Here at Feministing, two of our great loves are academic feminism and young feminists. Now we’re bringing the two together: today’s Academic Feminist column kicks off a series of interviews with students about their college theses or final projects that explore topics related to gender and sexuality. The first interview in our series comes from Marisa Irabli.
Marisa Irabli is a recent Rutgers University and Douglass Residential College graduate (May 2014), having received a Bachelor of Arts in Psychology, with additional concentrations in Women’s and Gender Studies and Women’s Leadership. She is currently pursuing a Master of Arts/Certificate of Advanced Study in School Psychology at Alfred University.
1. What is your final project about?
My final project was a collaborative showcase of student-written theatre pieces portrayed by other students with regards to raising awareness about domestic violence and sexual assault, with the intent to create a safe, cathartic space. Affective Catharsis through Theatre (ACT) was my social action project funded by The Institute for Women’s Leadership (IWL) at Rutgers University (a two-year interdisciplinary program on women’s leadership). Undergraduate students were asked to write cathartically about sexual assault and/or domestic violence in the form of a monologue, 2-5 person scene, or spoken word poem, while other students were to be the actors in the scenes, and it was showcased in the student-run Cabaret Theatre. Every person who saw the show was given a set of private apropos reading material, including contact information and literature on sexual assault and domestic violence.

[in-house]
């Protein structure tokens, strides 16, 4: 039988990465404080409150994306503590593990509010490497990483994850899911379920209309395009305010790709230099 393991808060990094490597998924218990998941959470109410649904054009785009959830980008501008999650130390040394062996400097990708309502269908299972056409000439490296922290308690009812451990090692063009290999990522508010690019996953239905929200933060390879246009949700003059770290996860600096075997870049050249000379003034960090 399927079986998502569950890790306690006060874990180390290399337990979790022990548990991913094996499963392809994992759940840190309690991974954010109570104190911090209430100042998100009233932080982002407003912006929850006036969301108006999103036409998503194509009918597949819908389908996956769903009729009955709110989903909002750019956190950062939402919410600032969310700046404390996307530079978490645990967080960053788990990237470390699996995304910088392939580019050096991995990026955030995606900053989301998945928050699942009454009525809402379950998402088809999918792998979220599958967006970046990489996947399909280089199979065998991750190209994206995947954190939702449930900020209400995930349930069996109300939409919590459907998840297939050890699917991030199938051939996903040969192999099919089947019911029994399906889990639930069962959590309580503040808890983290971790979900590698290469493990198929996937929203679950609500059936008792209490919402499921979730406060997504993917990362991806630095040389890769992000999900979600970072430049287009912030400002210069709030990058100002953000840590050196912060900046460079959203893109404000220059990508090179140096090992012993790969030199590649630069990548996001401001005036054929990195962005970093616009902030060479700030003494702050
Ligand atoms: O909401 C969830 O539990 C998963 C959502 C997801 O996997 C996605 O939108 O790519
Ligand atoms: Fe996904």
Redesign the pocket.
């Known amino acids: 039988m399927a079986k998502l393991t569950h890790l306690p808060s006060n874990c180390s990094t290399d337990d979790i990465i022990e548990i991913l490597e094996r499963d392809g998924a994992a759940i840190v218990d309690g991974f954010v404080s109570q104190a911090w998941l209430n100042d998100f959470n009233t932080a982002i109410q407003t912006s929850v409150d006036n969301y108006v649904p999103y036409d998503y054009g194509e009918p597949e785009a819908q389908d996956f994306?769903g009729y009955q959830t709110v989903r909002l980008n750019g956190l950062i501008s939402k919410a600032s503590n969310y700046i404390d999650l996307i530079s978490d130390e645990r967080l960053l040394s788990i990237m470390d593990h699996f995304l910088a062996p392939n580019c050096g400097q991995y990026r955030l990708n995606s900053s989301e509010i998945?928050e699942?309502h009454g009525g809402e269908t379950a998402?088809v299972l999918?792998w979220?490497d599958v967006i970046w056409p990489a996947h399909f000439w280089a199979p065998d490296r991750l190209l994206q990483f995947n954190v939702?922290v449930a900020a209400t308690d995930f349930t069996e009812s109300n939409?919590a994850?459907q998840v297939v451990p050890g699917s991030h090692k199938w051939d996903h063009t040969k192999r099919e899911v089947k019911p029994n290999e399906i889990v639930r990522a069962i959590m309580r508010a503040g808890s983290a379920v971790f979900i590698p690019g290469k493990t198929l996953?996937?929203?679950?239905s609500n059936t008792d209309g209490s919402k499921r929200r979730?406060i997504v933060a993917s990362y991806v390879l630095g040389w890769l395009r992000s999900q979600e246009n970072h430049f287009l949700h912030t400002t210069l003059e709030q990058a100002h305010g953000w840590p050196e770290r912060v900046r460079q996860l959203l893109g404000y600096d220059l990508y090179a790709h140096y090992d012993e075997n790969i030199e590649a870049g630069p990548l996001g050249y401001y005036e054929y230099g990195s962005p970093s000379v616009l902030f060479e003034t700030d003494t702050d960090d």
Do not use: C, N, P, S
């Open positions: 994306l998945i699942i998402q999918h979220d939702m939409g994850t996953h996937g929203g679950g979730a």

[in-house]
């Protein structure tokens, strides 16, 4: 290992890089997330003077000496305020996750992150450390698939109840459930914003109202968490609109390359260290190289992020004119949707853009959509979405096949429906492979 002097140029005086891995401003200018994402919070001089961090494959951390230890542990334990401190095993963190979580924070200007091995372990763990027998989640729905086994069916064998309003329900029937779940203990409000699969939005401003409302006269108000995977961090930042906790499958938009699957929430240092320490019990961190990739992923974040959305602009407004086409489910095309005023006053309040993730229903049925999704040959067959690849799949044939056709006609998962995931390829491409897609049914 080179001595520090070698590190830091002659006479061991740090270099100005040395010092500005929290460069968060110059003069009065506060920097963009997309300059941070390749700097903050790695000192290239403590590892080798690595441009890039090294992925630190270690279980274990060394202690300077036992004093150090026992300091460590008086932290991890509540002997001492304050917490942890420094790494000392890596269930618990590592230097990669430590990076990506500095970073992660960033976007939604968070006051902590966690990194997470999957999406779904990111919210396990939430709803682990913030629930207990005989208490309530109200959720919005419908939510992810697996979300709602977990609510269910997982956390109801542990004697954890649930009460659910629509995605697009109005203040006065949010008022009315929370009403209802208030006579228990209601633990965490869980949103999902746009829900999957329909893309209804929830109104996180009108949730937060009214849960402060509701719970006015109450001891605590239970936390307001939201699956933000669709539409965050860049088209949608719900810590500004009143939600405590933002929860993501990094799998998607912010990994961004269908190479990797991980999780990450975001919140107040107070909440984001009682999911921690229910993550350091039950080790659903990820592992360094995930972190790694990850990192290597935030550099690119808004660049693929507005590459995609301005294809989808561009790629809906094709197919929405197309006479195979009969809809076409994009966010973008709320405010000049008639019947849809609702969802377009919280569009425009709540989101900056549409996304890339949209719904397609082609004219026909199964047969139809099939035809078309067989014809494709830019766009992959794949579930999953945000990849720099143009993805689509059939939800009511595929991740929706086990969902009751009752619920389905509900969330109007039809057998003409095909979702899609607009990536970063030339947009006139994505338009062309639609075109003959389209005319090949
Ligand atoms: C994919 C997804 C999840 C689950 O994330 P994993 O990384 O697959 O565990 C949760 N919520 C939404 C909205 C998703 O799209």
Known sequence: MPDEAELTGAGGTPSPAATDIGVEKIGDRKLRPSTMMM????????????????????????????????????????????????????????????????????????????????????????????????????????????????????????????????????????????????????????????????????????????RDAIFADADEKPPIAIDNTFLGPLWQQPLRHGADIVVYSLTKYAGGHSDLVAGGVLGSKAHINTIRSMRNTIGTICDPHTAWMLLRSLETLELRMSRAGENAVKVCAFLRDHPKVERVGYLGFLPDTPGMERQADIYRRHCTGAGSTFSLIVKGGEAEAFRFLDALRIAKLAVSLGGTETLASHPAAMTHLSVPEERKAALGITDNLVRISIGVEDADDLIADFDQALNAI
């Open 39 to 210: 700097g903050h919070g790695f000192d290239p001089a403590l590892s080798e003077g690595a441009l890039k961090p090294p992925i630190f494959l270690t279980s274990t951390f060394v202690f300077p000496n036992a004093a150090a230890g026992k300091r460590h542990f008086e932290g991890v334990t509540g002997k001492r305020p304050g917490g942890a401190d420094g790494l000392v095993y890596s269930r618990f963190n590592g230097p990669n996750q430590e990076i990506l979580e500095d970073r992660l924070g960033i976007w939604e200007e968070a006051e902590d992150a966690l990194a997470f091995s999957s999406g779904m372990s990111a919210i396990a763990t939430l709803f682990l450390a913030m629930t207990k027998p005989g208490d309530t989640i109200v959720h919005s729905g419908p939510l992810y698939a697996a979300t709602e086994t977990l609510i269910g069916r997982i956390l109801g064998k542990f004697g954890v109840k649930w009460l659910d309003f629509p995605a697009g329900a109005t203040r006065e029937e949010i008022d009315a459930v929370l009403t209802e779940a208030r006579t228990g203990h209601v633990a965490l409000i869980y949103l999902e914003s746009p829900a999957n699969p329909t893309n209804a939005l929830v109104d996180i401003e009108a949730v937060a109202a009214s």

2. What got you interested in this subject?
After making gender-based violence my field of study at the Institute for Women’s Leadership and after much research, I learned that DV/SA is a serious problem, even at the very-local level. I became interested because I wanted to bring this very taboo subject out into the open.
3. What is the one thing you are most proud of?
I am most proud of the brave writers and actors involved in my show. It’s a tall order to speak out about these issues, and they were able to do it with finesse and sensitivity.
4. What was the most difficult?
The most difficult part was feeling like I helped open a wound to only walk away from it in the end. But I was able to leave everyone involved with contact information about support groups, hotlines, and other facilities to help them along their journey to healing.
5. What is the one piece of advice you’d offer to students who will be working on final papers/projects next year?
Depending on the context of your work and how it engages with the community, the number one priority should be to provide a safe, appropriate space for those involved.
Are you a feminist student? Would you like to be interviewed for the Academic Feminist? Send an email with the subject “Feministing Student Series” to firstname.lastname@example.org. Include in the body of the email your name, your school, your year of graduation, your major, and a one-paragraph description of your paper. Please attach your paper as a word or PDF file. Anyone who is a current college student or has graduated within the last year is eligible.